Her time and work with The Composer served as the perfect background to the story Jessica is actually telling—which I found particularly clever.
I loved the writing style (and the narration, as I listened to this on audio), her wit and sarcasm never let the story feel heavy despite the darkness that she exposes in pretty much every chapter.
This is a book for millennials. This is about our coming of age in a world whose worst epidemic is hypocrisy. This is about how we choose to close our eyes—or, in this case, ears—to what is right in front of us.
This book itself is magic. It takes many of the ideas long associated with creativity and making art and offers a new way of seeing them—a lighter, more pleasurable, achievable way. I wrote an entire blog post about this one because it changed the way I approach my own creativity.
One of the biggest issues she addresses in the book is how we talk about art—it’s always linked to suffering and pain. Society spreads this notion that one can only create from a place of darkness, that our torments are the things we have to draw from to create ‘good art’—that’s not true at all. In fact, it’s a disservice to those who actually suffer from mental illnesses since this belief causes them to cling to their demons believing they’re the ones responsible for their creativity. Elizabeth shows us that we are creative despite our pathologies and struggles.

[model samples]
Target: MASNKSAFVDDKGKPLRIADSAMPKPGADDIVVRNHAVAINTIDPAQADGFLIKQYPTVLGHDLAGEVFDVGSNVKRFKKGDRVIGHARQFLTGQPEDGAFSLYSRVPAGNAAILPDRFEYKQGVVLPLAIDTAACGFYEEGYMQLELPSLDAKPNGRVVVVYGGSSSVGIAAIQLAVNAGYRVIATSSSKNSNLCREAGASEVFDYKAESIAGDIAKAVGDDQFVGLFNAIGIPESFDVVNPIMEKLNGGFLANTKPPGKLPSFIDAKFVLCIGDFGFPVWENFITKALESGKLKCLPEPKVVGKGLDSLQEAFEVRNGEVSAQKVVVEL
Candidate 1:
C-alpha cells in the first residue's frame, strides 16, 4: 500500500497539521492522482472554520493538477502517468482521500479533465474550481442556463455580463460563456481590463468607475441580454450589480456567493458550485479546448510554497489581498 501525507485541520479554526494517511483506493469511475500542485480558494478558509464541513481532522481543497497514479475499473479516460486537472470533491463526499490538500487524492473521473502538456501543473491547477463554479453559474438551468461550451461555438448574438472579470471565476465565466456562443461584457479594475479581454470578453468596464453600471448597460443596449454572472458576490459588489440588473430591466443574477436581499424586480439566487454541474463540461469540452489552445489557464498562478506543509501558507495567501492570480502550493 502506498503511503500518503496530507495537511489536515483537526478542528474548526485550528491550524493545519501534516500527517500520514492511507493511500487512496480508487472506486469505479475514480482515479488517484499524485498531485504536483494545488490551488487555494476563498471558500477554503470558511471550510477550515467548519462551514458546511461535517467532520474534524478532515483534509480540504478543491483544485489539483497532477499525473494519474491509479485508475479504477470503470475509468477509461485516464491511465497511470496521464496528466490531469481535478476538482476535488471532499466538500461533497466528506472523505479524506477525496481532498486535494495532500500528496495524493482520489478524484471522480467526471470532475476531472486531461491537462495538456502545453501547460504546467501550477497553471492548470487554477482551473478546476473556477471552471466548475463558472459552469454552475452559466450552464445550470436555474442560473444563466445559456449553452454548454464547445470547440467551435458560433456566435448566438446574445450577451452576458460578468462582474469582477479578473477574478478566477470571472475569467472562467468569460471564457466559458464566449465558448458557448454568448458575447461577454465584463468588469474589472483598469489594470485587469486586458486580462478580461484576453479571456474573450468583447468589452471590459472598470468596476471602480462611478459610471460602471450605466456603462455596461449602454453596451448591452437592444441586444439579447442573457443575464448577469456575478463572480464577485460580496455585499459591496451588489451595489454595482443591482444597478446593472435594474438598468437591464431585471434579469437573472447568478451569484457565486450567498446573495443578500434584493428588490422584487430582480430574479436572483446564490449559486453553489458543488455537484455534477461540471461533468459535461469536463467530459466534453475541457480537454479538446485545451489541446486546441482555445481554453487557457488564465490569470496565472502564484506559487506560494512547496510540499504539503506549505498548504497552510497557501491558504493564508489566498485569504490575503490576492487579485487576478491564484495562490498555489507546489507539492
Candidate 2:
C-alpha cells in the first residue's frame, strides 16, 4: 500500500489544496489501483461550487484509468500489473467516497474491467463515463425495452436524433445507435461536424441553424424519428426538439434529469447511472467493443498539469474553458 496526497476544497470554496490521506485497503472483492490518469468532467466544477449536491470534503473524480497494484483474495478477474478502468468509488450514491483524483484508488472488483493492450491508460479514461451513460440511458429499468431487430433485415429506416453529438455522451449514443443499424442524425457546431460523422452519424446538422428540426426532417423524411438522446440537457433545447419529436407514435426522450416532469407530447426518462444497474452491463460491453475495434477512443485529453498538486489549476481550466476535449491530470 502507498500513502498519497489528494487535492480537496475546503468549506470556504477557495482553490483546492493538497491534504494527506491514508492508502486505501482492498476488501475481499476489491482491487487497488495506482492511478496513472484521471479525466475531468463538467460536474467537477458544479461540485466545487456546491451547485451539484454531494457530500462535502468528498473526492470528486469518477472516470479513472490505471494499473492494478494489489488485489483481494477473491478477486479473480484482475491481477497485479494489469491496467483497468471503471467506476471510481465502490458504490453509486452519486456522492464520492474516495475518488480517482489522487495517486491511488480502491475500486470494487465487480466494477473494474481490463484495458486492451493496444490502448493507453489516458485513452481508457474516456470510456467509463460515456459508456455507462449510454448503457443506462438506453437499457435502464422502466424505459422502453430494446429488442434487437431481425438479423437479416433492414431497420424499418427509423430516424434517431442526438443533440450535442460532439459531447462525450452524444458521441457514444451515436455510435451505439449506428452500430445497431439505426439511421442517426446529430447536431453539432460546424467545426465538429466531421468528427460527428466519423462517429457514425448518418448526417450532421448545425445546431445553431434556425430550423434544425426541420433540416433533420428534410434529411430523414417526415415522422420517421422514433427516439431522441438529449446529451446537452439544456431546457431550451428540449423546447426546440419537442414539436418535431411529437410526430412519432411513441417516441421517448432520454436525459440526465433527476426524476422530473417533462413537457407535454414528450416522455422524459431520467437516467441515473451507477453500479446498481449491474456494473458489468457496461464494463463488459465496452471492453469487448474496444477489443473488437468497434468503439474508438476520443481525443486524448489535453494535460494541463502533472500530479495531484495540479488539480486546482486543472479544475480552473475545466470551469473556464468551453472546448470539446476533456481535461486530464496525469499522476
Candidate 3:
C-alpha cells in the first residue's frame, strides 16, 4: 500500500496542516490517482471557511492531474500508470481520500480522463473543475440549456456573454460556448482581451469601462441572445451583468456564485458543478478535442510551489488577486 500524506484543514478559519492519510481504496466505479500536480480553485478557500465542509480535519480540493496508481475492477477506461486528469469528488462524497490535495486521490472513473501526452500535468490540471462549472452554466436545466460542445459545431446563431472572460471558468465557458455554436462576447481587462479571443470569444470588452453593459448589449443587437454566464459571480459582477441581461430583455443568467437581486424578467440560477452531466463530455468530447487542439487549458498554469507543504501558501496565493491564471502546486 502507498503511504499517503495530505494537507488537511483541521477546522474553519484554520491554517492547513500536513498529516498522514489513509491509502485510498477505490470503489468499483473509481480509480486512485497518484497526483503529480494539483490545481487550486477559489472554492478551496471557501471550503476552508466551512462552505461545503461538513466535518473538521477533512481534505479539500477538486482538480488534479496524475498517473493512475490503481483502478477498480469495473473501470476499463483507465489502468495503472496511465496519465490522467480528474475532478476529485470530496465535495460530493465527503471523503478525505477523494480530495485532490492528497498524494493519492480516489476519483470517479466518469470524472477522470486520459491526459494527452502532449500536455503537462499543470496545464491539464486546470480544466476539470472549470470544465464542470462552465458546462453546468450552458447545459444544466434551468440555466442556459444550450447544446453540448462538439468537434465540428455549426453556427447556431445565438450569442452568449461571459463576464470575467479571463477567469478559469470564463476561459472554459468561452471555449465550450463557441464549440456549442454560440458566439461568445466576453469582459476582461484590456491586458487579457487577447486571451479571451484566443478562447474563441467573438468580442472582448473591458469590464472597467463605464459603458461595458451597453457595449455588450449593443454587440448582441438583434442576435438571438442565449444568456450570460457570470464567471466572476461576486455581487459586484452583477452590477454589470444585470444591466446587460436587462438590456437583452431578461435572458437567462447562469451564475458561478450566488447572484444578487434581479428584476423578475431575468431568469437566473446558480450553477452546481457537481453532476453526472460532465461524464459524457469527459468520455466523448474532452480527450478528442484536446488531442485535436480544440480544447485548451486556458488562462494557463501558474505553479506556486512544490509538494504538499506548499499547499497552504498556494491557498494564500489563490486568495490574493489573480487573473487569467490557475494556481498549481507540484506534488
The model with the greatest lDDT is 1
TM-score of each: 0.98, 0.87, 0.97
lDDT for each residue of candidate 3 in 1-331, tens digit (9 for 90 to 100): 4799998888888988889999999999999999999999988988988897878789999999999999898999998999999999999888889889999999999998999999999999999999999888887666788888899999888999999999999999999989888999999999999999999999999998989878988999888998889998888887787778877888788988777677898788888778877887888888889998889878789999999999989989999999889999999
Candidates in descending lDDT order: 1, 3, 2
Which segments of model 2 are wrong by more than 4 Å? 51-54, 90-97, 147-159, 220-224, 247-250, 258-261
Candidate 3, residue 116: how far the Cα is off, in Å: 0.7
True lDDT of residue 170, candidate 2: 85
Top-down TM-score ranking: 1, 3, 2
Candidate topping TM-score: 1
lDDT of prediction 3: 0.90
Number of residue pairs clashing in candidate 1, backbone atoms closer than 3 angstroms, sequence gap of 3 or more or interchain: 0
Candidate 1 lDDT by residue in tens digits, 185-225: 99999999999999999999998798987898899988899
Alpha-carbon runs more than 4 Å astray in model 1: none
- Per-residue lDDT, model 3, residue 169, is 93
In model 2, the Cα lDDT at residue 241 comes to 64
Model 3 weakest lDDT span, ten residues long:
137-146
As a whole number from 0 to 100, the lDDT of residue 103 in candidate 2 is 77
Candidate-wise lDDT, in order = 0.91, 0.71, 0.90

We can be creative and healthy. We can enjoy making art. We’re allowed to make things that are not good, that won’t change the world, that won’t make a difference or save anyone’s life.
Isn’t this shift in perspective freeing? I know it was for me! It gave me the motivation to keep doing what I’m doing without caring whether it’s important or not—because it doesn’t have to be.